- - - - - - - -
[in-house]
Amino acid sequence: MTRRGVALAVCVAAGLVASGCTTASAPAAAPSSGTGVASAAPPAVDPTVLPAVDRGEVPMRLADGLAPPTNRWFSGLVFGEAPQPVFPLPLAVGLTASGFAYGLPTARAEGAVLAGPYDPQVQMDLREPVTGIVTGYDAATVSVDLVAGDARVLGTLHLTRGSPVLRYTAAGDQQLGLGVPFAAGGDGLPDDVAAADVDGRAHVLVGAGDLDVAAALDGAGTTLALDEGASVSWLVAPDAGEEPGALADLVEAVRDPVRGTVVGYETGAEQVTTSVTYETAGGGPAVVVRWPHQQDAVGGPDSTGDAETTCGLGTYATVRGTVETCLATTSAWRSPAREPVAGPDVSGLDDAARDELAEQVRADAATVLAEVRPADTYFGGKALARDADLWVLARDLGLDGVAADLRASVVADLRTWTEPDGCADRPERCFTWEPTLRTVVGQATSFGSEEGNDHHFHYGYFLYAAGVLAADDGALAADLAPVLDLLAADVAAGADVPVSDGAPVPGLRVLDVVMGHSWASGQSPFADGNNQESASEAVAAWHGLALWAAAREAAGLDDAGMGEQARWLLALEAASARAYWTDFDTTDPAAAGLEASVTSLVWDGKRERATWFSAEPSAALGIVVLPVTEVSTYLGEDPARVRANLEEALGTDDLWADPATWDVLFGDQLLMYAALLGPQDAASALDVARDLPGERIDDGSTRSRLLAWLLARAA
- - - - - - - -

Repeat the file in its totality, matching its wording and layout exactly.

[in-house]
Amino acid sequence: MTRRGVALAVCVAAGLVASGCTTASAPAAAPSSGTGVASAAPPAVDPTVLPAVDRGEVPMRLADGLAPPTNRWFSGLVFGEAPQPVFPLPLAVGLTASGFAYGLPTARAEGAVLAGPYDPQVQMDLREPVTGIVTGYDAATVSVDLVAGDARVLGTLHLTRGSPVLRYTAAGDQQLGLGVPFAAGGDGLPDDVAAADVDGRAHVLVGAGDLDVAAALDGAGTTLALDEGASVSWLVAPDAGEEPGALADLVEAVRDPVRGTVVGYETGAEQVTTSVTYETAGGGPAVVVRWPHQQDAVGGPDSTGDAETTCGLGTYATVRGTVETCLATTSAWRSPAREPVAGPDVSGLDDAARDELAEQVRADAATVLAEVRPADTYFGGKALARDADLWVLARDLGLDGVAADLRASVVADLRTWTEPDGCADRPERCFTWEPTLRTVVGQATSFGSEEGNDHHFHYGYFLYAAGVLAADDGALAADLAPVLDLLAADVAAGADVPVSDGAPVPGLRVLDVVMGHSWASGQSPFADGNNQESASEAVAAWHGLALWAAAREAAGLDDAGMGEQARWLLALEAASARAYWTDFDTTDPAAAGLEASVTSLVWDGKRERATWFSAEPSAALGIVVLPVTEVSTYLGEDPARVRANLEEALGTDDLWADPATWDVLFGDQLLMYAALLGPQDAASALDVARDLPGERIDDGSTRSRLLAWLLARAA